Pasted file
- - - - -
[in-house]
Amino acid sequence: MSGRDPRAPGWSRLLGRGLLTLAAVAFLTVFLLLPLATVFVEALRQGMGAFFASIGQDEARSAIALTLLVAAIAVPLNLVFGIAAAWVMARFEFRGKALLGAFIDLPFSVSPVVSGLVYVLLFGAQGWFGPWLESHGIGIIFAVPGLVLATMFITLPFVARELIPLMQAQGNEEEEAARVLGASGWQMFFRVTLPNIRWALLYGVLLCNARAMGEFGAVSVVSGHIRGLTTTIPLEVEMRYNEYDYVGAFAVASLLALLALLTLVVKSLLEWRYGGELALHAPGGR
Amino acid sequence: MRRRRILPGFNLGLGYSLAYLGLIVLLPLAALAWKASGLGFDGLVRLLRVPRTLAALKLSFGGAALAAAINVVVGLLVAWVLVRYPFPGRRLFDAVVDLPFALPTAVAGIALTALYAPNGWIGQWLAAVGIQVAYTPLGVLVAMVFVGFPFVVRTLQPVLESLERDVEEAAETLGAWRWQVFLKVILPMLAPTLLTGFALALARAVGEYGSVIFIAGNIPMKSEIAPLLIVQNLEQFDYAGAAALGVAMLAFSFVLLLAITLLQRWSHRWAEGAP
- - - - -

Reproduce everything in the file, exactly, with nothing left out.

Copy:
[in-house]
Amino acid sequence: MSGRDPRAPGWSRLLGRGLLTLAAVAFLTVFLLLPLATVFVEALRQGMGAFFASIGQDEARSAIALTLLVAAIAVPLNLVFGIAAAWVMARFEFRGKALLGAFIDLPFSVSPVVSGLVYVLLFGAQGWFGPWLESHGIGIIFAVPGLVLATMFITLPFVARELIPLMQAQGNEEEEAARVLGASGWQMFFRVTLPNIRWALLYGVLLCNARAMGEFGAVSVVSGHIRGLTTTIPLEVEMRYNEYDYVGAFAVASLLALLALLTLVVKSLLEWRYGGELALHAPGGR
Amino acid sequence: MRRRRILPGFNLGLGYSLAYLGLIVLLPLAALAWKASGLGFDGLVRLLRVPRTLAALKLSFGGAALAAAINVVVGLLVAWVLVRYPFPGRRLFDAVVDLPFALPTAVAGIALTALYAPNGWIGQWLAAVGIQVAYTPLGVLVAMVFVGFPFVVRTLQPVLESLERDVEEAAETLGAWRWQVFLKVILPMLAPTLLTGFALALARAVGEYGSVIFIAGNIPMKSEIAPLLIVQNLEQFDYAGAAALGVAMLAFSFVLLLAITLLQRWSHRWAEGAP